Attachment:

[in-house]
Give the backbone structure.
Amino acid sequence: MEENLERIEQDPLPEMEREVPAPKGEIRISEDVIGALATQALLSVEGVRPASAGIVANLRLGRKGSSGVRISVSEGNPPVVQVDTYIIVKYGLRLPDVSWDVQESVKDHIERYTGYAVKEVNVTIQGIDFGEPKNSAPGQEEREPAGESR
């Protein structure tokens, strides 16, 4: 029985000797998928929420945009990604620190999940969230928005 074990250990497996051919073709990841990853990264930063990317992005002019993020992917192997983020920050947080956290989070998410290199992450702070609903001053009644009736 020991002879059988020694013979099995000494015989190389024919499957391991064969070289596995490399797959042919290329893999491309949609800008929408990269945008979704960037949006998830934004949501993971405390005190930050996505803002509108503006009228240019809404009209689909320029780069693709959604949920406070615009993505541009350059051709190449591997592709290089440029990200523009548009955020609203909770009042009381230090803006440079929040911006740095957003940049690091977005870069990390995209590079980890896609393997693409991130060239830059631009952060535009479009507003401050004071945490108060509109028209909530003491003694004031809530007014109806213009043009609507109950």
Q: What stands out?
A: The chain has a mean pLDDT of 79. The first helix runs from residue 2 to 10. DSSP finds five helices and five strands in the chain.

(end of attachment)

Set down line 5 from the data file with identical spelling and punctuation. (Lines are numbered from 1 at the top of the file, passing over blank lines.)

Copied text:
Q: What stands out?